President Obama stood before the United Nations General Assembly Wednesday – in the same place he stood last year to make a bid for Palestinian statehood within the year – only this time, to plead his case against recognition of the Palestinian Authority from the U.N. Security Council.
The Obama Administration has come under intense scrutiny for what many have perceived as a lack of support for Israel. And recently, Republican presidential frontrunner, Gov. Rick Perry, blasted Obama for fostering a policy of “appeasement” in the Middle East, by demanding concessions from the Jewish state and empowering the Palestinian Authority to seek statehood.
Now, I’m no politician, but to me, this is a very important issue for many reasons. Israel stands for many things: democracy, human rights, culture and strong religious values. But what stands out most in my mind, as a doctor, are the important contributions that Israeli scientists and researchers have made to the practice of medicine.
Israel has many universities and institutions that are on the cutting edge of medical research. Biotechnology, biomedical and clinical research account for more than half of all scientific publications in Israel. Hadassah University and Weizmann Institute have produced scientists and Nobel laureates responsible for the research and development of important medical advances and lifesaving therapies.
Israel also leads the world in stem cell research with important breakthroughs in repairing tissue and organs damaged by Parkinson’s disease, spinal cord injuries, traumatic brain injuries, heart disease, cancer and countless other diseases. The possibilities in this field of medicine are almost endless.
Teva Pharmaceutical Industries, headquartered in Israel, is the largest generic drug manufacturer in the world and has made a huge impact on the effort to drive down drug costs for patients here in the U.S. and across the globe. But they have also developed proprietary drugs to treat debilitating diseases like Copaxone and Laquinimod for the treatment of multiple sclerosis, and Rasagiline for the treatment of Parkinson's disease.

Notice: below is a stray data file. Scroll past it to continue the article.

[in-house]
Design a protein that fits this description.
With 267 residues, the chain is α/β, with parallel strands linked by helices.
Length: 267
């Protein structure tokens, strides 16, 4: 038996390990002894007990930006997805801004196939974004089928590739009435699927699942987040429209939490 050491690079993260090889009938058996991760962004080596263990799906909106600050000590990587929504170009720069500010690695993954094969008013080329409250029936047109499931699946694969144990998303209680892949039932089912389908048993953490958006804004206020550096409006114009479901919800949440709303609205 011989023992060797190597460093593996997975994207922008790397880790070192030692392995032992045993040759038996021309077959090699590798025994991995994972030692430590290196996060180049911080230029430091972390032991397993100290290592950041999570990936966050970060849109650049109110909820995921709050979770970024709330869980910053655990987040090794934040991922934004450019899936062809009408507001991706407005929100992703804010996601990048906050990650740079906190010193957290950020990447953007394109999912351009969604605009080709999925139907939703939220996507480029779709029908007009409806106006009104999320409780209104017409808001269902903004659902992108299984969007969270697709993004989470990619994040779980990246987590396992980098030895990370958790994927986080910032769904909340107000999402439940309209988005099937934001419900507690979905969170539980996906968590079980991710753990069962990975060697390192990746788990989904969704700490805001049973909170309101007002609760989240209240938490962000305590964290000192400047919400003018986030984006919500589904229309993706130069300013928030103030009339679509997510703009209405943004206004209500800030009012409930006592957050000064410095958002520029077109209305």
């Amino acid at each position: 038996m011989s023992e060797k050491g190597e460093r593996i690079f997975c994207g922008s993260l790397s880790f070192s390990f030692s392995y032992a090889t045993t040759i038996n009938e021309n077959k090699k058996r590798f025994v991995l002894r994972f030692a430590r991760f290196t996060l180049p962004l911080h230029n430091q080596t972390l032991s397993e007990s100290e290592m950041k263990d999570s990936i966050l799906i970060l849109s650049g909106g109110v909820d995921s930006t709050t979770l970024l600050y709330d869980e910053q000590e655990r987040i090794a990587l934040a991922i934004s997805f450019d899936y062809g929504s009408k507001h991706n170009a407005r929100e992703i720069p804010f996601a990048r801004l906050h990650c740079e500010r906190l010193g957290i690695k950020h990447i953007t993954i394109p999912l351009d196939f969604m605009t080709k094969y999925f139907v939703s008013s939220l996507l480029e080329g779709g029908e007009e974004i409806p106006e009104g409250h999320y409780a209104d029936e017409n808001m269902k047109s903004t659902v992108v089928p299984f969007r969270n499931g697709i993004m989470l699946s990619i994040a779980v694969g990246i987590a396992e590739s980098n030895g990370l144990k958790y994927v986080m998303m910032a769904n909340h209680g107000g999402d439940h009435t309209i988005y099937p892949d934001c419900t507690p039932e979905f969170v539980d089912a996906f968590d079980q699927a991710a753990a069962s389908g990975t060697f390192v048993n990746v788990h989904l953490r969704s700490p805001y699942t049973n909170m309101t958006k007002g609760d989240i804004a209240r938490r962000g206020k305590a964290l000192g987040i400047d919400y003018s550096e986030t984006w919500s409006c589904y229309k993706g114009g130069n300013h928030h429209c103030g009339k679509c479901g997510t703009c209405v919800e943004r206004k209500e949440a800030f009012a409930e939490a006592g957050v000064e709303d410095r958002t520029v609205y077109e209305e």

Patients suffering from Parkinson’s disease have benefited from an Israeli-developed drug, which has also shown promise in helping to delay the onset of Alzheimer’s disease. Also developed in Israel is the PillCam, a disposable, miniature video camera contained in a capsule that can be ingested to help doctors diagnose gastrointestinal disorders.
Israeli researchers have also made enormous contributions to fertility treatment, plastic surgery and biotechnology development fields of medicine. They developed the first biological computer, and as a result, a new, revolutionary device that can detect breathing disorders during sleep to help prevent sudden infant death syndrome (SIDS).
The Neuromedical Electrical Stimulation Systems Ltd. (NESS), a glove-like device that can stimulate movements in a paralyzed arm or hand, was designed at Ben-Gurion University of the Negev in Israel.
New Israeli-developed imaging technology is allowing doctors to track the progress of small medical devices used during surgery, and cryotherapy is enabling the removal of breast tissue masses and tumors without the need for invasive surgery.
Cancer patients are benefiting from LifeMel Honey, made in an Israeli laboratory by bees fed with therapeutic nectar, and used to reduce anemia and build the immune system of patients undergoing chemotherapy.
Nanotechnology is what many medical professionals consider to be the future of medicine, and Israeli scientists are leading the charge. Nanotechnology is changing the way we look at treating deadly diseases like cancer. Organ transplants may one day become a thing of the past, as special growth factors based on nanotechnology have proven to help grow healthy cells in a diseased organ.
So you see, the world of medicine would look very different today without the contributions of Israeli scientists working to improve our health and quality of life. It’s important to recognize the impact this small state has made and look to preserve the very fabric of the democracy that made it possible.
FoxNews.com's Jessica Mulvihill contributed to this report.
Dr. Manny Alvarez serves as Fox News Channel's senior managing health editor. He also serves as chairman of the department of obstetrics/gynecology and reproductive science at Hackensack University Medical Center in New Jersey. For more information on Dr. Manny's work, visit AskDrManny.com.